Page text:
International careers in the oil and gas industry can involve being based in remote and challenging destinations, often in newly-industrialising countries. Considering an oil and gas expatriate position in such places can be an exciting way to further your career and build your professional development. People who have worked in such environments have experienced wonderful career opportunities and developed great friendships, but there are some hurdles to overcome when accepting a position in a remote location. As part of our “females in oil & gas” blog series, this blog gives you some insights into women’s experiences specifically and some tips on how to get the best out of the lifestyle that a remote assignment can offer.
What kind of job vacancies are in remote locations?
The oil and gas industry’s upstream operations often involve exploration and drilling activities and typically employ engineers, geologists and geophysicists in expatriate positions. However, expatriate opportunities aren’t restricted to these. Other job roles available may include information technology (IT), corporate social responsibility, commercial and legal functions, and human resource management (HR). So for those interested in an expatriate opportunity, there are a number of different jobs available, besides those directly linked to extraction operations.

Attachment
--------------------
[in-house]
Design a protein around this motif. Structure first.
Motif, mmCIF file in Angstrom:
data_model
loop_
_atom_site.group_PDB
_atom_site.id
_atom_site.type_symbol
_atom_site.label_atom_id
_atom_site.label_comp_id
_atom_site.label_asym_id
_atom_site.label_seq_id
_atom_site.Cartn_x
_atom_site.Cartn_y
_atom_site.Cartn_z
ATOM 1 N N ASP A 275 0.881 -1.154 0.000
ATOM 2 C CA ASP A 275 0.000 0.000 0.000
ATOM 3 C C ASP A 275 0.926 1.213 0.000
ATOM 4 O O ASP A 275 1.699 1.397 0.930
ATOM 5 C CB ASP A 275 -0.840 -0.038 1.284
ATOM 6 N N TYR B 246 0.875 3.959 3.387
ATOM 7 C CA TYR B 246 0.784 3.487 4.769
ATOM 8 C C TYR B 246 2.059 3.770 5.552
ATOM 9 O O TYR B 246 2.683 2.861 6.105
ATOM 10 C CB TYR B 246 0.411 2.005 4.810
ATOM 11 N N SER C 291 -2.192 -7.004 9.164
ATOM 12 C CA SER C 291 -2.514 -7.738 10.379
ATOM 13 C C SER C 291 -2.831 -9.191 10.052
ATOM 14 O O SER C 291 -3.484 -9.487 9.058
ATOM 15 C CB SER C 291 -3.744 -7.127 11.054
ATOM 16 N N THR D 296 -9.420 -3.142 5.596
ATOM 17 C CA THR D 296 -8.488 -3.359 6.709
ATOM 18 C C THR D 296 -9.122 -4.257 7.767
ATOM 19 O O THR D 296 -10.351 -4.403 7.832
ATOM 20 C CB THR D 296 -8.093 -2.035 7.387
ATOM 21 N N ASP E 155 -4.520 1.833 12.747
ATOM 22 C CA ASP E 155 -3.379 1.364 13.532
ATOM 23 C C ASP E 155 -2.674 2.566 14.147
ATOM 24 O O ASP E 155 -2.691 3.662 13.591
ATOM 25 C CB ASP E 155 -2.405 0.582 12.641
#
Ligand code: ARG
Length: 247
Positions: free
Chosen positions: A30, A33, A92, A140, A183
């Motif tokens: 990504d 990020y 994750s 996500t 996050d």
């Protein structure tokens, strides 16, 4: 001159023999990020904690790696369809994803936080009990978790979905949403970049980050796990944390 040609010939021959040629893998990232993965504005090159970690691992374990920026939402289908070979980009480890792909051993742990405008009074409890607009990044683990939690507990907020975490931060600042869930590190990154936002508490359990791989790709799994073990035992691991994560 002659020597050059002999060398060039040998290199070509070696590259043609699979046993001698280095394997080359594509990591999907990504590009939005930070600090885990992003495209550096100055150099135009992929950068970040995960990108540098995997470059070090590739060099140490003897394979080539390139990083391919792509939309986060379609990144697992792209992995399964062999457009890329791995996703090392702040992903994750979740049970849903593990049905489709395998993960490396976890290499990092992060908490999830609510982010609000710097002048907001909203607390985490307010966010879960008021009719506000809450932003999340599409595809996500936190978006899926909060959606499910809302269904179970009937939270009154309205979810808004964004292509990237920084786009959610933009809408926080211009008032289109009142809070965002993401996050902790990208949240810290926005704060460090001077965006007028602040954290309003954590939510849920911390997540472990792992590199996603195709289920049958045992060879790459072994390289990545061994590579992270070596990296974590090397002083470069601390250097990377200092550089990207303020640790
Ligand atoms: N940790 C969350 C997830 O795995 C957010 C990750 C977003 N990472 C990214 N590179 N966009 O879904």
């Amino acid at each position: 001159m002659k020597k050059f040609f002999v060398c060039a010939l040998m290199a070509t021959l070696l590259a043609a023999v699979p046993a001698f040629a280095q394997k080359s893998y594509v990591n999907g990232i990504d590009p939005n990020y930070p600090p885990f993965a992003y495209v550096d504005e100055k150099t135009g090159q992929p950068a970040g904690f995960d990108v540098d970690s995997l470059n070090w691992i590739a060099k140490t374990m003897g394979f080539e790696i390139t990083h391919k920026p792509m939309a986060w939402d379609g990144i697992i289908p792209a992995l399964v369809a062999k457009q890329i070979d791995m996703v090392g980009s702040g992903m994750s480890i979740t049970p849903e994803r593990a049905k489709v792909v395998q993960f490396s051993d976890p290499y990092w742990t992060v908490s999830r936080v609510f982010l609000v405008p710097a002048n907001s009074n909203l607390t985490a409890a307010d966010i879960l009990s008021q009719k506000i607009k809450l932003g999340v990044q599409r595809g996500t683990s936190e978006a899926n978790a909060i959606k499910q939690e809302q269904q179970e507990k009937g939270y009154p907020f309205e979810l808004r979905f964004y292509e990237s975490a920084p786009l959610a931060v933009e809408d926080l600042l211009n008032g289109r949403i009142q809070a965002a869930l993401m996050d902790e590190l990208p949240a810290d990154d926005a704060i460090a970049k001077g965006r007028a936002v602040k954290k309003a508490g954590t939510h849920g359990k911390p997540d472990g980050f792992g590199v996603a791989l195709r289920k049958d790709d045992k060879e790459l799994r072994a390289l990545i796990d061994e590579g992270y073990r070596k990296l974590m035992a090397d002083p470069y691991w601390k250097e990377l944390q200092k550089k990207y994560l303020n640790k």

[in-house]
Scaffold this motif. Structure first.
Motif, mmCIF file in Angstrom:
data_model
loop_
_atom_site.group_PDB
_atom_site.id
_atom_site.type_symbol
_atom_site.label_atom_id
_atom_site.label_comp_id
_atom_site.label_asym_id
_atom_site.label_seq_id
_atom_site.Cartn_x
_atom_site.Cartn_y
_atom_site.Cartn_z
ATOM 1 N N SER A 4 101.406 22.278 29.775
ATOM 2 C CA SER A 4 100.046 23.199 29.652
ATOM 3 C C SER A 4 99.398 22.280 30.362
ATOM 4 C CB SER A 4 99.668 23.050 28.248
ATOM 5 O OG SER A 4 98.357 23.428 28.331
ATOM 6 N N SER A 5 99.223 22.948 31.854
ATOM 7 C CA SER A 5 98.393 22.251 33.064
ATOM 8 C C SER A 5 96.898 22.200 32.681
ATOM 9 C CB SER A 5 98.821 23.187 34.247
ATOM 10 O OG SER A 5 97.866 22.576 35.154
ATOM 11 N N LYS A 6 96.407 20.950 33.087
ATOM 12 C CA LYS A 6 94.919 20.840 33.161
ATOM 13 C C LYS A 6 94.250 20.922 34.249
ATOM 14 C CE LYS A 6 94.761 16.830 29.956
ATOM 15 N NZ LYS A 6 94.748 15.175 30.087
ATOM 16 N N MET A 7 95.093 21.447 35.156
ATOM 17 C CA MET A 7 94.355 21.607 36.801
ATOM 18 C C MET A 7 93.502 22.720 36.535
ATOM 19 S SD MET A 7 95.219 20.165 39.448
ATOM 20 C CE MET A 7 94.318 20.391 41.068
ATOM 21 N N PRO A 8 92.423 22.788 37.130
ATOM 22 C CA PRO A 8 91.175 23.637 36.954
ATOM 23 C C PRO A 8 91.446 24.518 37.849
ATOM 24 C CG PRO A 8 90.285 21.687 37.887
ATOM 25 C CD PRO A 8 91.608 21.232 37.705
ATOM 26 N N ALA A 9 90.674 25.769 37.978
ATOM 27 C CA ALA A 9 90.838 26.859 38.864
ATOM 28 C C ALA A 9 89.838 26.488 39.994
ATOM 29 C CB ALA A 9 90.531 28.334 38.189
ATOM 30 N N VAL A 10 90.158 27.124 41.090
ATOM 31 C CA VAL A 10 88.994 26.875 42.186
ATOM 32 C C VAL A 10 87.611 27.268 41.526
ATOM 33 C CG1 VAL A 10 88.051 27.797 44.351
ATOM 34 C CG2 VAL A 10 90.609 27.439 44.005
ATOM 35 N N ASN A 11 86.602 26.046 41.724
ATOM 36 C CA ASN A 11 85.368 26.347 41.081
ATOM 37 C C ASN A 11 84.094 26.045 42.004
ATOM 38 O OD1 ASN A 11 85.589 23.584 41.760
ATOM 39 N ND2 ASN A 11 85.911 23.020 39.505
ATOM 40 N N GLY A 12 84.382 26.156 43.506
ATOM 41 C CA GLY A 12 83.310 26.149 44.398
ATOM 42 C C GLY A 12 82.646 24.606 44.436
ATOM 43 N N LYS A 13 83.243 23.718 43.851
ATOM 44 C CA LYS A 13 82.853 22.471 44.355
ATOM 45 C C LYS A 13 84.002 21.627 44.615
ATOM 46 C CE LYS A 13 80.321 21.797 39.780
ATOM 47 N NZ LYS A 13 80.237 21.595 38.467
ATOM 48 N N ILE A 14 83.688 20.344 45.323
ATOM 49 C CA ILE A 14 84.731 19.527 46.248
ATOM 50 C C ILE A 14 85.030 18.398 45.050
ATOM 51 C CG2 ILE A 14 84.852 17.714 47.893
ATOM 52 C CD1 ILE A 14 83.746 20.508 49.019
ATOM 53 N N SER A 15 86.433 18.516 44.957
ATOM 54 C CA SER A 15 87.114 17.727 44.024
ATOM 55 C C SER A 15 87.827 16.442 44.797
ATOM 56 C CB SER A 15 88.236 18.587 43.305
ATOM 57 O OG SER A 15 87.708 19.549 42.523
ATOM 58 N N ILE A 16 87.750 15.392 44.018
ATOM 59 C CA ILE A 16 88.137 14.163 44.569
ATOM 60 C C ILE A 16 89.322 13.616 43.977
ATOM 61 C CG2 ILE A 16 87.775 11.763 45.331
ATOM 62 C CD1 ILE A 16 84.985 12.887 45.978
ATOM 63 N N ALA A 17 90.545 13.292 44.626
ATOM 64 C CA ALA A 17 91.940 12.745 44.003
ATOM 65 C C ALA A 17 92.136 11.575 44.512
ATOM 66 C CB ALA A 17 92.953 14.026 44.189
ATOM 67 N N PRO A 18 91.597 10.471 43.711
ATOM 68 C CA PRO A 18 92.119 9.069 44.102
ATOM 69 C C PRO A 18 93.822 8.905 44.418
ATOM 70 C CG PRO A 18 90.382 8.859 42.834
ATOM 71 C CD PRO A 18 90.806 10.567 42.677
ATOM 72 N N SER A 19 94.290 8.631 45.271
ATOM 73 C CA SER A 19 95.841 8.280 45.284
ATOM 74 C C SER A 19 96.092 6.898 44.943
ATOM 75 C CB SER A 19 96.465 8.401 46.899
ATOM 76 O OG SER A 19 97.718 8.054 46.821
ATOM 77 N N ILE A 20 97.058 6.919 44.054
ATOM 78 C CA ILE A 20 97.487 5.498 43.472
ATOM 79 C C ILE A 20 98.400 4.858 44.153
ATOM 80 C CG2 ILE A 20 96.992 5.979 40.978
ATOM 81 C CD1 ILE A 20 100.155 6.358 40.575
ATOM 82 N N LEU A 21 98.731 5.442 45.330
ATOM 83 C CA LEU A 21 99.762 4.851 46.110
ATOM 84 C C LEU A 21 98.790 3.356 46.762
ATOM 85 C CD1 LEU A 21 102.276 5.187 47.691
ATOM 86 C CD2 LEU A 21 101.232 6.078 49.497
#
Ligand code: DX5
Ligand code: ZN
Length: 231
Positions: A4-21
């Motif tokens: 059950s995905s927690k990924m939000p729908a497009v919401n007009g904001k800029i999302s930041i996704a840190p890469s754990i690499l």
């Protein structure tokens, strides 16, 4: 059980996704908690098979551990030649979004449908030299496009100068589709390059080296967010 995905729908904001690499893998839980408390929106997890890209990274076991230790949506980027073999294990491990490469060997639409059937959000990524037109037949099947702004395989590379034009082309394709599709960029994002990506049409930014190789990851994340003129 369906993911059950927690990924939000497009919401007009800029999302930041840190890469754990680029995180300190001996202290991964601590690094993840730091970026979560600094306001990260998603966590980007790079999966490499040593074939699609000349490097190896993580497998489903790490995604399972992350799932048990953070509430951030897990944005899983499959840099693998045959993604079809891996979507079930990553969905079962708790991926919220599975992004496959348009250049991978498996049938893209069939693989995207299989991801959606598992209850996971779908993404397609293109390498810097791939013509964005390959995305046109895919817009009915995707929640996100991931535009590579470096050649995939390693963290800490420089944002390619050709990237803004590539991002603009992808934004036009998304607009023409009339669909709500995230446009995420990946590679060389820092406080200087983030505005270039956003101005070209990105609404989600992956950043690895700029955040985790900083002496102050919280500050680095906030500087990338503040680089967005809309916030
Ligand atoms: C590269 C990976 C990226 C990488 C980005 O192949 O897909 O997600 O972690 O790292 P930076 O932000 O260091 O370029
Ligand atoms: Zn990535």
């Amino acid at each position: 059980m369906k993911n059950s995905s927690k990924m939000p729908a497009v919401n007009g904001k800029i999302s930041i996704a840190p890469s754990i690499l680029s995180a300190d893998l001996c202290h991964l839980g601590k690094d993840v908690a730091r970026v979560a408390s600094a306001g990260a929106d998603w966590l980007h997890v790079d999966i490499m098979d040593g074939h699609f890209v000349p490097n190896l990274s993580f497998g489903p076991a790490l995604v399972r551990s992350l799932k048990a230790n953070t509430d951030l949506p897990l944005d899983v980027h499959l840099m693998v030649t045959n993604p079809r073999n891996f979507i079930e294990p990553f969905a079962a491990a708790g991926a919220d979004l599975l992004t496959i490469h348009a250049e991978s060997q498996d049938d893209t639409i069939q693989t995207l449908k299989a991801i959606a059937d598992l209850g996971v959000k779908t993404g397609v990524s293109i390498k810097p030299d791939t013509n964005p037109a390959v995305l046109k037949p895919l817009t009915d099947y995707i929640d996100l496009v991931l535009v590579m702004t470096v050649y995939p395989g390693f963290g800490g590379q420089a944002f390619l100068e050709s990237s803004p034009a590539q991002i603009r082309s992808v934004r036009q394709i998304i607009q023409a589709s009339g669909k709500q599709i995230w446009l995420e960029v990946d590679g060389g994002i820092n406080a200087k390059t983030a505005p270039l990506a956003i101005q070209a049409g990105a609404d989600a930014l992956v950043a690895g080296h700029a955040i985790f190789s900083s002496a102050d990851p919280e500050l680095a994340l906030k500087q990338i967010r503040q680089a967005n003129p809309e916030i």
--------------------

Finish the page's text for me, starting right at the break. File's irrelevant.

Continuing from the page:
There are many different assignment types you could be offered, but most of the roles in remote locations are offered as rotational assignments which means that you’ll spend a period on shift in the host country (probably 28 days) and then a similar period at home. Be aware that this type of assignment is unaccompanied, meaning your family can’t come with you.
If you feel that a solo assignment is unsuitable for you, check out opportunities to expatriate to a remote location on a long-term assignment as these usually enable you to take your family with you. These assignments can also be very beneficial for your career and you have the advantage of your family’s support:
Women who have undertaken solo rotational assignments in remote and challenging locations consider they have gained career advantages from doing so:
“I have heard people say if you have worked in the central Asian venture it is a good plus point.” Zara, working in HR on a rotational assignment in central Asia
Although it can be challenging, working in an unusual expatriate destination also provides the opportunity to learn about the local culture. This helps you to develop international competencies which are very much in demand by employers:
“I loved it. I was in the middle of the desert, in an oil camp. I speak French fluently, so I had absolutely no problem working with the locals and I made very good friends. I was very inquisitive about their way of life, and I learnt so much about their culture.” Harriet, previously working in IT on a rotational assignment in a North African desert camp.
The challenges of working in a remote location
Working in upstream operations in developing countries may require you to live in a company camp or compound which can be very different from the home you’re used to. To help with your adjustment remember to take along some special mementoes from home such as pictures that make your living space special